Photos from Kamakura, Japan

Kamakura is 50 kilometers (31 miles) southwest of Tokyo.  Ayako Egawa wrote to me from Japan about her trip there, “I went to Kamakura where there are many famous historic Japanese sites.  This is “Daibutsu” which means Great Buddha. It was cast in 1252 and its height is approximately 13.4 meters (44 feet).  ‘The figure sits in dignified repose with a most placid expression of countenance.’ That’s a quote about it from Dr. C. Dresser’s Japan – Its Architecture.

It was fine day.  Daibutsu made a beautiful contrast with the blue sky.”

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This is the Hasedera Temple that houses a statue of Kannon the goddess of mercy.

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Below is the Japanese garden at Hasedera Temple.  Ayako wrote, “This is a typical Japanese garden. Typical Japanese gardens have a pond with a small bridge, a garden lantern, garden stones and old trees that show the four seasons.”

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Ayako wrote, “Garden lanterns are stone lanterns for decoration in the Japanese garden, not real lanterns for practical purposes. Here’s a photo showing some Japanese stone lanterns…”

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“This is ‘smile Jizo’. Jizo is a stone statue of Buddha. The height is about the same as kids.”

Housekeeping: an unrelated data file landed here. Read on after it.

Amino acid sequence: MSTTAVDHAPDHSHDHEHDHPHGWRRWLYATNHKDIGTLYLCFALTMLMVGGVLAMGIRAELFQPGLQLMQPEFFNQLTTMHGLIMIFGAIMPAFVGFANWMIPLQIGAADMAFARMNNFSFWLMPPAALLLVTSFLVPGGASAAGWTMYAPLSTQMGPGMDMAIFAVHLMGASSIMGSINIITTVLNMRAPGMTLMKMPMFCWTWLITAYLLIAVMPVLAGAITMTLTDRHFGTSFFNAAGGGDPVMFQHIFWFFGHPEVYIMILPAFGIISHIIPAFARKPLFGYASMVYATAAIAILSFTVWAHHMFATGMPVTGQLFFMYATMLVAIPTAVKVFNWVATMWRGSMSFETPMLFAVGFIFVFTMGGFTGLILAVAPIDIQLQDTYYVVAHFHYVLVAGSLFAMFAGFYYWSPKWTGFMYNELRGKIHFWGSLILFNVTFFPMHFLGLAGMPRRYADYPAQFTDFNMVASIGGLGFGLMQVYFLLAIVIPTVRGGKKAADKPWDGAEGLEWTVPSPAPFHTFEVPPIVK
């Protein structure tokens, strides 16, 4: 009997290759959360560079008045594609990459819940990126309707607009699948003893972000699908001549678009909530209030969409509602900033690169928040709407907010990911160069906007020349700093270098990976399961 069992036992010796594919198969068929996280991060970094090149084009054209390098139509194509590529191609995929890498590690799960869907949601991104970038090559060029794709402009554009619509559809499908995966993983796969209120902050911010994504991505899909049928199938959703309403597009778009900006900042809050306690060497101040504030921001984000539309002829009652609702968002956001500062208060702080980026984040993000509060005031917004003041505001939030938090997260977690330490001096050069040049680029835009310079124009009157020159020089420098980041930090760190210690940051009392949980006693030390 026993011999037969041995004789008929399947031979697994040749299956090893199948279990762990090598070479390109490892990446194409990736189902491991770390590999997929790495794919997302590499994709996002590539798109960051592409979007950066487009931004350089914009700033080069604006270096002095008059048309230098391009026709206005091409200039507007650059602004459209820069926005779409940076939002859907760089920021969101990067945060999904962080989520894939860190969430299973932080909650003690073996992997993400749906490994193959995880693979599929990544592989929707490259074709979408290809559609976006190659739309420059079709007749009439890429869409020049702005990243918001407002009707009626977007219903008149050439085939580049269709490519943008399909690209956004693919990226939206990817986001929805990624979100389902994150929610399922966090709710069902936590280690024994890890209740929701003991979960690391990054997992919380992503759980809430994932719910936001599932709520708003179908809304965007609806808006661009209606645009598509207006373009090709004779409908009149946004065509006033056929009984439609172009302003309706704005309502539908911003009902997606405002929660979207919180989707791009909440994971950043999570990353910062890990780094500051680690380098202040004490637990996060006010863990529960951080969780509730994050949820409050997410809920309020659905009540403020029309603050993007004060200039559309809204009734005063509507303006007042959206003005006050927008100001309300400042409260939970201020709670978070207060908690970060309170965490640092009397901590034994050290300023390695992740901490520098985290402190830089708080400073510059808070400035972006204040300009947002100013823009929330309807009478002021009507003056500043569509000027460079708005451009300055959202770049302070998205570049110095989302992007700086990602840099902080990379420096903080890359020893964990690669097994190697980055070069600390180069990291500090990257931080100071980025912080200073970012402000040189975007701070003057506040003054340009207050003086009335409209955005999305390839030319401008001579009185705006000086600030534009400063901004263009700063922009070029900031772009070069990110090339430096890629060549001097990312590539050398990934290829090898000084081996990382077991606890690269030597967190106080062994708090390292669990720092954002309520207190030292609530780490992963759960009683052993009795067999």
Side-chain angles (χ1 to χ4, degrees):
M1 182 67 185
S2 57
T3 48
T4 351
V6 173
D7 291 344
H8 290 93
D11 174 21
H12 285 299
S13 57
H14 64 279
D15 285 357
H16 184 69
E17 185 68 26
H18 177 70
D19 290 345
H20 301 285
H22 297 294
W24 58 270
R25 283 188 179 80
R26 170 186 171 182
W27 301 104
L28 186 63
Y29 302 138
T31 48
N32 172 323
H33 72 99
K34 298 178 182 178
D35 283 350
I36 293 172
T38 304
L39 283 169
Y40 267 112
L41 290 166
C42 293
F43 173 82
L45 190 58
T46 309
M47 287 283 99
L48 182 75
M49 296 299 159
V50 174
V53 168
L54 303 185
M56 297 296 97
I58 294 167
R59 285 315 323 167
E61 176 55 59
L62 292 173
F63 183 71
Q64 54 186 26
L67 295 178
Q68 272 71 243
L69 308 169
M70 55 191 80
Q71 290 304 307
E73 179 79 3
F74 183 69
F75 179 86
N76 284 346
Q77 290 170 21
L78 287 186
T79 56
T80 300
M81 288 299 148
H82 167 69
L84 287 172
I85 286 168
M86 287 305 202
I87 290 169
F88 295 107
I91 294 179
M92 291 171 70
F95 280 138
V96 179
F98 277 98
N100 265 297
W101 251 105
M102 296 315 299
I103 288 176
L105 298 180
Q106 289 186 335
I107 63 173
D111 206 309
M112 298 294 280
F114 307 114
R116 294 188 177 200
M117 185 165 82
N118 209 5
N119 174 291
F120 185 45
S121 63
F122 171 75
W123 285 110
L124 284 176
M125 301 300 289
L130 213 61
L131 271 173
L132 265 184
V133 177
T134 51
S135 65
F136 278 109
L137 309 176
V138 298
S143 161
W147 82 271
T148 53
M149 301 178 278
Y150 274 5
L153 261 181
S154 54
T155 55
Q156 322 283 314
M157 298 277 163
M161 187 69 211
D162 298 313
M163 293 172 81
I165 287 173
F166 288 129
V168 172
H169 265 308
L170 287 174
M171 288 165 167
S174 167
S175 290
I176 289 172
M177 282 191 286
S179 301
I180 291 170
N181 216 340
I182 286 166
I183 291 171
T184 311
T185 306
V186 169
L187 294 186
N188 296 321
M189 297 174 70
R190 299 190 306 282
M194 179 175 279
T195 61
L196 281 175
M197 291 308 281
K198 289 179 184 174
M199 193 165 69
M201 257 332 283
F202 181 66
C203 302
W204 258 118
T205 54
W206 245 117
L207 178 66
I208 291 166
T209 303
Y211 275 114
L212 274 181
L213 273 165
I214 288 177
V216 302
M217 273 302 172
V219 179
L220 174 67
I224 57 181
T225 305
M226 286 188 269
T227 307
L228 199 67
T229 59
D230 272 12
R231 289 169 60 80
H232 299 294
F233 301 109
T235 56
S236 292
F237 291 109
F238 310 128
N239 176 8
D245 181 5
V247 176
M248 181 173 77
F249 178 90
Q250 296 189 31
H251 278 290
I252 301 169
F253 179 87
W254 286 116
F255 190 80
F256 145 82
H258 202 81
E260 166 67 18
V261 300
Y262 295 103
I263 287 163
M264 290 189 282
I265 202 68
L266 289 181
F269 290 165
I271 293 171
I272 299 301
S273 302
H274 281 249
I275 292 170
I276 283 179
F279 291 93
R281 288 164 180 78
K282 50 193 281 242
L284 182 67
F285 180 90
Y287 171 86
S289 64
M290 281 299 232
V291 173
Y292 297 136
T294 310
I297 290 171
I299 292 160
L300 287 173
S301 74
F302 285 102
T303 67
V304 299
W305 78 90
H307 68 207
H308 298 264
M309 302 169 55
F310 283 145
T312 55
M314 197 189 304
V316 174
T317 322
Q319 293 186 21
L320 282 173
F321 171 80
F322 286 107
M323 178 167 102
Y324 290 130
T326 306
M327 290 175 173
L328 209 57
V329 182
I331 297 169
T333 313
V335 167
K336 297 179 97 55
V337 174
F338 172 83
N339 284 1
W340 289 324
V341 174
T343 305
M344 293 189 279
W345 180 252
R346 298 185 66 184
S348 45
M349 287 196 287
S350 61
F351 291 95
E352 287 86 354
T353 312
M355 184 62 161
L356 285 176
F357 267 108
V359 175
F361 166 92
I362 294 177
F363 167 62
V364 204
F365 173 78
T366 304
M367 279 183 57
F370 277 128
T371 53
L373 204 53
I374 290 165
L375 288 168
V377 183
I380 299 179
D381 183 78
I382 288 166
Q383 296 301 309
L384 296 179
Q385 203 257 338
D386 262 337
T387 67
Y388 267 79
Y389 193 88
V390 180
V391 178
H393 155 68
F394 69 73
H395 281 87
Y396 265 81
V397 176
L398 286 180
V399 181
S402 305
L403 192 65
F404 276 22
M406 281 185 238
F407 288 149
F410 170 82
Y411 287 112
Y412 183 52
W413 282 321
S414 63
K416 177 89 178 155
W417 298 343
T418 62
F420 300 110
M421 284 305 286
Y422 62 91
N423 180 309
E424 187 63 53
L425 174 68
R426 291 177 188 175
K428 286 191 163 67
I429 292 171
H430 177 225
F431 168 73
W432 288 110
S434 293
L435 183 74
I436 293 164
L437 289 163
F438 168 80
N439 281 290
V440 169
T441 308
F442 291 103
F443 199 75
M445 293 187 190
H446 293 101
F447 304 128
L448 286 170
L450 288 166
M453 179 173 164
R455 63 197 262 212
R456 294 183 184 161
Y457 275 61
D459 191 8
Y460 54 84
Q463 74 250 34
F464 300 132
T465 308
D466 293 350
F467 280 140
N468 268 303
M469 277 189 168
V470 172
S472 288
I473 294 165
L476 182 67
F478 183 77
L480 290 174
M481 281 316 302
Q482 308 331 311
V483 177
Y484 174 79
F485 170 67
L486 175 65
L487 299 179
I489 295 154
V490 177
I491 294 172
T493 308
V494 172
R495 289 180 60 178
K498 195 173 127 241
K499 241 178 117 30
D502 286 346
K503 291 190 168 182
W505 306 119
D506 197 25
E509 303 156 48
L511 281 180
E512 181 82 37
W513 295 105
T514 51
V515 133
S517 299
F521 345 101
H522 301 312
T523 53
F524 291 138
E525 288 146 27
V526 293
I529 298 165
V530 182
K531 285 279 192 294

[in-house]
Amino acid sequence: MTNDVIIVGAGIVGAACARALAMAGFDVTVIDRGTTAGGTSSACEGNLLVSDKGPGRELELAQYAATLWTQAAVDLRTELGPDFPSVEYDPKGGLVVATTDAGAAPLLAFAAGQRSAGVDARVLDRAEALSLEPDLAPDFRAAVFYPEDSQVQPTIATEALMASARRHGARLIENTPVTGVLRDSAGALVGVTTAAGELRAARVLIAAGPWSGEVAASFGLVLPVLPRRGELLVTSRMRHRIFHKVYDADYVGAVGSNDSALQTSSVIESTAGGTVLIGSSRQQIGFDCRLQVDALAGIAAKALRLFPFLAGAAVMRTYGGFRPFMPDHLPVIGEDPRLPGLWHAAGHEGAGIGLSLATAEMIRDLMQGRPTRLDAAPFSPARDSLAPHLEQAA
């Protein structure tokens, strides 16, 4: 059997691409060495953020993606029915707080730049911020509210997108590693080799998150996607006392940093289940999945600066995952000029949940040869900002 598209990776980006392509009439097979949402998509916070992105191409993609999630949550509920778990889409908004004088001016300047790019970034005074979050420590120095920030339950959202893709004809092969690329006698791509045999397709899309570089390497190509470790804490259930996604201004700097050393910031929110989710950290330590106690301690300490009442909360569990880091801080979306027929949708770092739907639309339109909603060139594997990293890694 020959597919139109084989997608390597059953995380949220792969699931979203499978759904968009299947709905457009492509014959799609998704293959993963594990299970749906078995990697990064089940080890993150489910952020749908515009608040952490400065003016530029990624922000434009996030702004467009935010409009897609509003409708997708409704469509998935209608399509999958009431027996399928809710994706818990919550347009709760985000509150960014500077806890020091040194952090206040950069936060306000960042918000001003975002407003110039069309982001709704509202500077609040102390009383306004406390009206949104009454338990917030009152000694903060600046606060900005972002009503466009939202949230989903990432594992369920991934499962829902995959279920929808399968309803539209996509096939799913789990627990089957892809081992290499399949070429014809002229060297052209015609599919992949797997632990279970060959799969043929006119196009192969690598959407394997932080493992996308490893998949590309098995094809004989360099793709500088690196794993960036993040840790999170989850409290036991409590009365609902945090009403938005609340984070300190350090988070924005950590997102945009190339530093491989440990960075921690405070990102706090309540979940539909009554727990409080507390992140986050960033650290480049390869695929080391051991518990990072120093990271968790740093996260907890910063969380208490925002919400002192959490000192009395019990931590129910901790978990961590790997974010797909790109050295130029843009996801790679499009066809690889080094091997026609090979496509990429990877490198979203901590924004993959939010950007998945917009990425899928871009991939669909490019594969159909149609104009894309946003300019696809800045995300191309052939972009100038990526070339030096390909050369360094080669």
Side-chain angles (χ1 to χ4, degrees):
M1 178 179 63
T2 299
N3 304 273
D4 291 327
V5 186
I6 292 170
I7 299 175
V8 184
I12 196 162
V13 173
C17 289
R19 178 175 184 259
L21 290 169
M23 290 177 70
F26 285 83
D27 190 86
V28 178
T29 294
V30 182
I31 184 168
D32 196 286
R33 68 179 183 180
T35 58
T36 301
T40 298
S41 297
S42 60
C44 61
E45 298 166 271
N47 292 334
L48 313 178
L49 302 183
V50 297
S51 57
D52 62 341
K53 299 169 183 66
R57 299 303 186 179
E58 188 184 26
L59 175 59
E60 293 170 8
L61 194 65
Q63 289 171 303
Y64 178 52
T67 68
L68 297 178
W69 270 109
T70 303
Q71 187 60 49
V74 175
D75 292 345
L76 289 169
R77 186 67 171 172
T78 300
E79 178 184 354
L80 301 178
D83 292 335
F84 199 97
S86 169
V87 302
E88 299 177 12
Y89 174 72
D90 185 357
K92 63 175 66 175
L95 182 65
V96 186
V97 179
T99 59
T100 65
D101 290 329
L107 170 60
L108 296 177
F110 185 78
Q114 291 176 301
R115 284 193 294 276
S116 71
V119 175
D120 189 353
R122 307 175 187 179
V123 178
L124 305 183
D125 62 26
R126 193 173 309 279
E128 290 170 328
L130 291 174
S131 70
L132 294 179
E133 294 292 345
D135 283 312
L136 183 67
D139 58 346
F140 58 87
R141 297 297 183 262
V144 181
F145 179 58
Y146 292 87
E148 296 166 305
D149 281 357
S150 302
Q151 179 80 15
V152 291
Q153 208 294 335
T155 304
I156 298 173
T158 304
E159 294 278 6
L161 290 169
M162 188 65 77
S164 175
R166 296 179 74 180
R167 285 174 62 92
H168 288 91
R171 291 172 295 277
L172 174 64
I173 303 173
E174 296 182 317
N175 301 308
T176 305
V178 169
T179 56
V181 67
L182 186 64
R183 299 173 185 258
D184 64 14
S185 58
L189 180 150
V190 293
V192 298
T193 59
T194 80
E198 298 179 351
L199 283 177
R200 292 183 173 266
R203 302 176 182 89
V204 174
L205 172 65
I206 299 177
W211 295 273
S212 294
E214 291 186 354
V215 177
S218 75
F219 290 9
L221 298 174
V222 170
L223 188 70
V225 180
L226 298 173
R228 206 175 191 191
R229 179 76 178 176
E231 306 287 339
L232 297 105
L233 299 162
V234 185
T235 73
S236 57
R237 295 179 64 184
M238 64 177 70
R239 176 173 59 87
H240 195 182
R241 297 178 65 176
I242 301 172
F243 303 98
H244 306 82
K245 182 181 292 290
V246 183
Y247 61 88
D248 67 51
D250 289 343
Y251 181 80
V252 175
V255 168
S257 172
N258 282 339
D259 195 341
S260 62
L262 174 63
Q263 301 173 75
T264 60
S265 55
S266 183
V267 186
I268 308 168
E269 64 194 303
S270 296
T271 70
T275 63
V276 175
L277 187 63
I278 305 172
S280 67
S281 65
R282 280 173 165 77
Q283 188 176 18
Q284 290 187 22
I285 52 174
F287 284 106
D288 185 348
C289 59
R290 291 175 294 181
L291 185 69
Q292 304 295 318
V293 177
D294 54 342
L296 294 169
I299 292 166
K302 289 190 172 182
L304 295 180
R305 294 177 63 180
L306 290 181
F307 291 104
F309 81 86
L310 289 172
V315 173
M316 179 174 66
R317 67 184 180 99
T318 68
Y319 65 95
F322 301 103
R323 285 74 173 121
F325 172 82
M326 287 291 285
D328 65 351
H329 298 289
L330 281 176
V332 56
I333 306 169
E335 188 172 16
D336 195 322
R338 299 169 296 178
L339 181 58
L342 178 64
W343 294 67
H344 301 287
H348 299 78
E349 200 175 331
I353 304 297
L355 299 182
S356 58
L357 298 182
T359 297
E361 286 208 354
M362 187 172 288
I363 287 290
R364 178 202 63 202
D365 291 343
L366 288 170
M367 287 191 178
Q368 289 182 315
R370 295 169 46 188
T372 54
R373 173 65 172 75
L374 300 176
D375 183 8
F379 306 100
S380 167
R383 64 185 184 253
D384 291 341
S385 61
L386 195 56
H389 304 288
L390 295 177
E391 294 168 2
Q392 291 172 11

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Here’s the gate of Hasedera Temple with an old pine tree.

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Ayako wrote, “This is "Kintsuba" which is a Japanese sweet I bought at Kamakura.
It is made by simmering pumpkin and sugar with small beans.  The beans are Azuki, a small red bean. It is used as sweets like “Kintsuba”.”

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Thanks so much for sharing your photos with us Ayako and for telling us about them!   It’s all really neat to see and learn about.

-Mama Lisa

This article was posted on Monday, March 2nd, 2009 at 11:14 pm and is filed under Countries & Cultures, Japan, Japan, Photos, Photos, Traveling. You can follow any responses to this entry through the RSS 2.0 feed. You can leave a response, or trackback from your own site.

One Response to “Photos from Kamakura, Japan”

  1. Interested In A Japanese Garden? Says:

    […] Photos from Kamakura, Japan | Mama Lisa’s World Blog Below is the Japanese garden at Hasedera Temple. Ayako wrote, “This is a typical Japanese garden. Typical Japanese gardens have a pond with a small bridge, a garden lante…   Read more… […]

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